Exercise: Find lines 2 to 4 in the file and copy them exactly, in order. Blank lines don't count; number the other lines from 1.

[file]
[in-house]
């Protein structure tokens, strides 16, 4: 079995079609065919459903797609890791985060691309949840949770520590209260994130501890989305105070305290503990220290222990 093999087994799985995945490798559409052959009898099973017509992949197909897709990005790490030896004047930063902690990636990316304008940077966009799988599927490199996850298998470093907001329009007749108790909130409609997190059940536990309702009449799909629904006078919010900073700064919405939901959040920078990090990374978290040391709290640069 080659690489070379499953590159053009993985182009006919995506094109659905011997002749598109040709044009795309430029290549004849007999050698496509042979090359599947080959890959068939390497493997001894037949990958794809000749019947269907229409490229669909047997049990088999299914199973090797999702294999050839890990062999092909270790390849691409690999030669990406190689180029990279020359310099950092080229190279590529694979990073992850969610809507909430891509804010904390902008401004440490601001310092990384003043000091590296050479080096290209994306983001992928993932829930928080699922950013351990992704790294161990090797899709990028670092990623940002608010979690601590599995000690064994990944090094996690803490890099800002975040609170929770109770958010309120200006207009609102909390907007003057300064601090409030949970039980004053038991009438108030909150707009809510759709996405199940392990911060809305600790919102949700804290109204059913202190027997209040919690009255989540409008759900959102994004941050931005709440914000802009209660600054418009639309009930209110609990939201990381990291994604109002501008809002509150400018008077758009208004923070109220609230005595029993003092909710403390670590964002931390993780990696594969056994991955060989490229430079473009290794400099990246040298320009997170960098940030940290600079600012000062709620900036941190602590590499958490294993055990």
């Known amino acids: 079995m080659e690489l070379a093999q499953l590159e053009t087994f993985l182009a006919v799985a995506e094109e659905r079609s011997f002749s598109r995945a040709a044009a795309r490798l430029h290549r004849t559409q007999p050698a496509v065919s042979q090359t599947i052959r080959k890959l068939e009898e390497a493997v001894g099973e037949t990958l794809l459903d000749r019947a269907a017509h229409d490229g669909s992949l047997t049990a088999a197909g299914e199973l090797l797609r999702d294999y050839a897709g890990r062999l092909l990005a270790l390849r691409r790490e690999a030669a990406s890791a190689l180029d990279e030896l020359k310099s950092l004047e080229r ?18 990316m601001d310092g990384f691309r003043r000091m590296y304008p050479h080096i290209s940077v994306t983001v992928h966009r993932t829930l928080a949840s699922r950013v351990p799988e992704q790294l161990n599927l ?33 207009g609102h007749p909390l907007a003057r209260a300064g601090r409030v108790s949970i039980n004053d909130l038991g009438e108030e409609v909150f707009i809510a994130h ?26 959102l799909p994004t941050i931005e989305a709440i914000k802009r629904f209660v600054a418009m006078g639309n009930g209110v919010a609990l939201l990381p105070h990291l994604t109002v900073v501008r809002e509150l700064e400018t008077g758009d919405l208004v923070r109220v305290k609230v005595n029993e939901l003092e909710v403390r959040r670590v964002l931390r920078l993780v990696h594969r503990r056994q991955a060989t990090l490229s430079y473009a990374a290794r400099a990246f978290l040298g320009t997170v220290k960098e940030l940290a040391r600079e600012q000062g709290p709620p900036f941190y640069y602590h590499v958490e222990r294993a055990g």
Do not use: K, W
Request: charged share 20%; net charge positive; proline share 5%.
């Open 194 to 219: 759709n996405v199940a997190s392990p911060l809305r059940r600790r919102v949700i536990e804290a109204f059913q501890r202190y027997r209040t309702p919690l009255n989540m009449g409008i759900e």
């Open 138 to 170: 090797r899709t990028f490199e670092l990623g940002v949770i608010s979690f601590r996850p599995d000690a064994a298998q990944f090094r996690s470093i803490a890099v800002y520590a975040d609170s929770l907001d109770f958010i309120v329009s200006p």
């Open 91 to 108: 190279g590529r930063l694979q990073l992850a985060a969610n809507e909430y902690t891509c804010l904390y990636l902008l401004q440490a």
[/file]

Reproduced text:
């Protein structure tokens, strides 16, 4: 079995079609065919459903797609890791985060691309949840949770520590209260994130501890989305105070305290503990220290222990 093999087994799985995945490798559409052959009898099973017509992949197909897709990005790490030896004047930063902690990636990316304008940077966009799988599927490199996850298998470093907001329009007749108790909130409609997190059940536990309702009449799909629904006078919010900073700064919405939901959040920078990090990374978290040391709290640069 080659690489070379499953590159053009993985182009006919995506094109659905011997002749598109040709044009795309430029290549004849007999050698496509042979090359599947080959890959068939390497493997001894037949990958794809000749019947269907229409490229669909047997049990088999299914199973090797999702294999050839890990062999092909270790390849691409690999030669990406190689180029990279020359310099950092080229190279590529694979990073992850969610809507909430891509804010904390902008401004440490601001310092990384003043000091590296050479080096290209994306983001992928993932829930928080699922950013351990992704790294161990090797899709990028670092990623940002608010979690601590599995000690064994990944090094996690803490890099800002975040609170929770109770958010309120200006207009609102909390907007003057300064601090409030949970039980004053038991009438108030909150707009809510759709996405199940392990911060809305600790919102949700804290109204059913202190027997209040919690009255989540409008759900959102994004941050931005709440914000802009209660600054418009639309009930209110609990939201990381990291994604109002501008809002509150400018008077758009208004923070109220609230005595029993003092909710403390670590964002931390993780990696594969056994991955060989490229430079473009290794400099990246040298320009997170960098940030940290600079600012000062709620900036941190602590590499958490294993055990």
């Known amino acids: 079995m080659e690489l070379a093999q499953l590159e053009t087994f993985l182009a006919v799985a995506e094109e659905r079609s011997f002749s598109r995945a040709a044009a795309r490798l430029h290549r004849t559409q007999p050698a496509v065919s042979q090359t599947i052959r080959k890959l068939e009898e390497a493997v001894g099973e037949t990958l794809l459903d000749r019947a269907a017509h229409d490229g669909s992949l047997t049990a088999a197909g299914e199973l090797l797609r999702d294999y050839a897709g890990r062999l092909l990005a270790l390849r691409r790490e690999a030669a990406s890791a190689l180029d990279e030896l020359k310099s950092l004047e080229r ?18 990316m601001d310092g990384f691309r003043r000091m590296y304008p050479h080096i290209s940077v994306t983001v992928h966009r993932t829930l928080a949840s699922r950013v351990p799988e992704q790294l161990n599927l ?33 207009g609102h007749p909390l907007a003057r209260a300064g601090r409030v108790s949970i039980n004053d909130l038991g009438e108030e409609v909150f707009i809510a994130h ?26 959102l799909p994004t941050i931005e989305a709440i914000k802009r629904f209660v600054a418009m006078g639309n009930g209110v919010a609990l939201l990381p105070h990291l994604t109002v900073v501008r809002e509150l700064e400018t008077g758009d919405l208004v923070r109220v305290k609230v005595n029993e939901l003092e909710v403390r959040r670590v964002l931390r920078l993780v990696h594969r503990r056994q991955a060989t990090l490229s430079y473009a990374a290794r400099a990246f978290l040298g320009t997170v220290k960098e940030l940290a040391r600079e600012q000062g709290p709620p900036f941190y640069y602590h590499v958490e222990r294993a055990g």
Do not use: K, W